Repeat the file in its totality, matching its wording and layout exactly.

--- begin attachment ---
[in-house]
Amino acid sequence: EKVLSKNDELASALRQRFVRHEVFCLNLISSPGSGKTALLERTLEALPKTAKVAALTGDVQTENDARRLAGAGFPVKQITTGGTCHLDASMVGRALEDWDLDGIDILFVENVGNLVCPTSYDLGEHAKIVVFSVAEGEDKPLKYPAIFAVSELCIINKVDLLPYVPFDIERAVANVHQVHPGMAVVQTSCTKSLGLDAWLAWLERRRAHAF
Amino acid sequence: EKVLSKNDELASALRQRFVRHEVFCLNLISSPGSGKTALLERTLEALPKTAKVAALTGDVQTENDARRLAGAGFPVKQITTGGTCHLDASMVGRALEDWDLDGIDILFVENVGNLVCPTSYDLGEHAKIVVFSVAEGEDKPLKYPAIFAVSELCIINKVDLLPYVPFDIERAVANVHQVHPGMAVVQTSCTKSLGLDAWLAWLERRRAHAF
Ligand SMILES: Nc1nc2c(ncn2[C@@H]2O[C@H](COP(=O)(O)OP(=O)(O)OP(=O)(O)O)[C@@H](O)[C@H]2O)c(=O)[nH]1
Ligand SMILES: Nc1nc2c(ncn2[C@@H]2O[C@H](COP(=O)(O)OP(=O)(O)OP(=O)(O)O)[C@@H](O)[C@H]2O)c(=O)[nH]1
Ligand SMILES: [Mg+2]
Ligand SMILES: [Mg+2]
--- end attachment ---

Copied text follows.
[in-house]
Amino acid sequence: EKVLSKNDELASALRQRFVRHEVFCLNLISSPGSGKTALLERTLEALPKTAKVAALTGDVQTENDARRLAGAGFPVKQITTGGTCHLDASMVGRALEDWDLDGIDILFVENVGNLVCPTSYDLGEHAKIVVFSVAEGEDKPLKYPAIFAVSELCIINKVDLLPYVPFDIERAVANVHQVHPGMAVVQTSCTKSLGLDAWLAWLERRRAHAF
Amino acid sequence: EKVLSKNDELASALRQRFVRHEVFCLNLISSPGSGKTALLERTLEALPKTAKVAALTGDVQTENDARRLAGAGFPVKQITTGGTCHLDASMVGRALEDWDLDGIDILFVENVGNLVCPTSYDLGEHAKIVVFSVAEGEDKPLKYPAIFAVSELCIINKVDLLPYVPFDIERAVANVHQVHPGMAVVQTSCTKSLGLDAWLAWLERRRAHAF
Ligand SMILES: Nc1nc2c(ncn2[C@@H]2O[C@H](COP(=O)(O)OP(=O)(O)OP(=O)(O)O)[C@@H](O)[C@H]2O)c(=O)[nH]1
Ligand SMILES: Nc1nc2c(ncn2[C@@H]2O[C@H](COP(=O)(O)OP(=O)(O)OP(=O)(O)O)[C@@H](O)[C@H]2O)c(=O)[nH]1
Ligand SMILES: [Mg+2]
Ligand SMILES: [Mg+2]